Finally, Revelation 13 indicates that a second beast will rise “out of the earth,” one that has “all the authority of the first beast” and “works great signs, even making fire come down from heaven to earth in the sight of men; and by the signs which it is allowed to work in the presence of the beast, it deceives those who dwell on the earth” (Revelation 13:11-14). But once again a false gospel accompanies these miracles. This power is exercised in connection with the first beast who utters “haughty and blasphemous words, …it opened its mouth to utter blasphemies against God, blaspheming his name and his dwelling” (Revelation 13:5-6).

Two conclusions become clear from this brief survey of false miracles in Scripture. (1) The power of God is greater than the power of Satan to work miraculous signs, and God’s people triumph in confrontations of power with those who work evil. In connection with this, John assures believers that “he who is in you is greater than he who is in the world” (1 John 4:4).53 (2) The identity of these workers of false miracles is always known through their denial of the gospel.

There is no indication anywhere in Scripture that genuine Christians with the Holy Spirit in them will work false miracles. In fact, in Corinth, a city filled with idolatry and demon worship (see 1 Corinthians 10:30), Paul could say to the Corinthian believers, many of whom had come out of that kind of pagan background, “no one can say ‘Jesus is Lord’ except by the Holy Spirit” (1 Corinthians 12:3). Here he gives them reassurance that those who make a genuine profession of faith in Jesus as Lord do in fact have the Holy Spirit in them. It is significant that he immediately proceeds to a discussion of spiritual gifts possessed by “each” true believer (1 Corinthian 12:7). And he could do this in a culture where the danger of demonic counterfeit was just as real as it is for us today.54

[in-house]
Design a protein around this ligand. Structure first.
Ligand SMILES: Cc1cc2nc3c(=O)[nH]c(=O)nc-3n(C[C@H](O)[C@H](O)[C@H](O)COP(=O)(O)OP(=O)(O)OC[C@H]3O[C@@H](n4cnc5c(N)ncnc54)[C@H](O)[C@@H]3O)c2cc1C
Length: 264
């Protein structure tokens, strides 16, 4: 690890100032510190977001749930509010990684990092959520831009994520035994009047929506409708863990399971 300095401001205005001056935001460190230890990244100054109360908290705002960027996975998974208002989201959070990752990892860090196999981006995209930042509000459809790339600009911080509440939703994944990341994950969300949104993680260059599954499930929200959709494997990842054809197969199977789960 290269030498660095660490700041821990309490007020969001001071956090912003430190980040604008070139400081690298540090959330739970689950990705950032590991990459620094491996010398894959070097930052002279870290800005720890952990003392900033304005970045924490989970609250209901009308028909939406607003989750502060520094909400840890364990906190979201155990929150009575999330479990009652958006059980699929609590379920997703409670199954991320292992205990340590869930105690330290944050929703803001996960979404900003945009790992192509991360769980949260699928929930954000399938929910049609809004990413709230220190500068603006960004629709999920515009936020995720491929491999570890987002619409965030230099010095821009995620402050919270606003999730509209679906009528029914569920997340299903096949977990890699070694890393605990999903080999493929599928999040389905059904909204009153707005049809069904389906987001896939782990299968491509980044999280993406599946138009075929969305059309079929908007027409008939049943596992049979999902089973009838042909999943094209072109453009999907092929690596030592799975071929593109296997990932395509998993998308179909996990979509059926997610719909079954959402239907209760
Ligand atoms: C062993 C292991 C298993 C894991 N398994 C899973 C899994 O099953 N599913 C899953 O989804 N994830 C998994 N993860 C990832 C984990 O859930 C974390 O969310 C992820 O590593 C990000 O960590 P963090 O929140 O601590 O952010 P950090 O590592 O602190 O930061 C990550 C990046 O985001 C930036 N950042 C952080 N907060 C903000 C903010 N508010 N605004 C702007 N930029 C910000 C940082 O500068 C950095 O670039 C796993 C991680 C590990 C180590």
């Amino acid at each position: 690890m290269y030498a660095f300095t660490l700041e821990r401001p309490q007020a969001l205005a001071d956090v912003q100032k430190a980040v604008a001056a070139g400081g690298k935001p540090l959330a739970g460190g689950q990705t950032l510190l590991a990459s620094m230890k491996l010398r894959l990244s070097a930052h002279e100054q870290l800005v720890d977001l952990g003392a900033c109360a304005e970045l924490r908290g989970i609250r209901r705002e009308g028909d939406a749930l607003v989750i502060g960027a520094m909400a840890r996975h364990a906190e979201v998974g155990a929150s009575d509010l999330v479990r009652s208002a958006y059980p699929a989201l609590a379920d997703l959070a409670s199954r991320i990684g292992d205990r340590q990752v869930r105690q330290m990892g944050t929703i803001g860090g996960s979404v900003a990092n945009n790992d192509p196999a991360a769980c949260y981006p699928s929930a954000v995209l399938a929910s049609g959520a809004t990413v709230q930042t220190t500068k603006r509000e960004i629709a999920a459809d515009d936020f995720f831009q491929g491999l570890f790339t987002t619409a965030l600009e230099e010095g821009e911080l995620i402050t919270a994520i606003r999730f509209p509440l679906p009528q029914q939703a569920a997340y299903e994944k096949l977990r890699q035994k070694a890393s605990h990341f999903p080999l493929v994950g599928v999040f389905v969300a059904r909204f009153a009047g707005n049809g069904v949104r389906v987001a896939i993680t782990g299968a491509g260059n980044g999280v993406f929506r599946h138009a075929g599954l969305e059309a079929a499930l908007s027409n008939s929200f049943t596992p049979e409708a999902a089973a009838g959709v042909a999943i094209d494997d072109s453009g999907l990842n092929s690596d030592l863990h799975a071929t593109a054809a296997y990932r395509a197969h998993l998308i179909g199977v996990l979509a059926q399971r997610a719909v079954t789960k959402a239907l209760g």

This should reassure us that if we see miracles being worked by those who make a genuine profession of faith (1 Corinthian 12:3), who believe in the incarnation and deity of Christ (1 John 4:2), and who show the fruit of the Holy Spirit in their lives and bear fruit in their ministry (Matthew 7:20; cf. John 15:5; Galatians 5:22-23), we should not be suspicious that they are false miracles only through those who were perfect in both doctrine and conduct of life, certainly no miracles would be worked until Christ’s return.

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Category: Fall 2000, Pneuma Review, Spirit

About the Author: Wayne A. Grudem is Professor of Theology and Biblical Studies at Phoenix Seminary, Phoenix, Arizona. He has authored over twenty books, including Systematic Theology: An Introduction to Biblical Doctrine (1994), Politics According to the Bible: A Comprehensive Resource for Understanding Modern Political Issues in Light of Scripture (2010), The Poverty of Nations: A Sustainable Solution (2013), The Gift of Prophecy in the New Testament and Today, Recovering Biblical Manhood and Womanhood: A Response to Evangelical Feminism, and "Free Grace" Theology: 5 Ways It Diminishes the Gospel (2016). He was also the General Editor for the ESV Study Bible (Evangelical Christian Publishers Association Book of the Year, 2009). WayneGrudem.com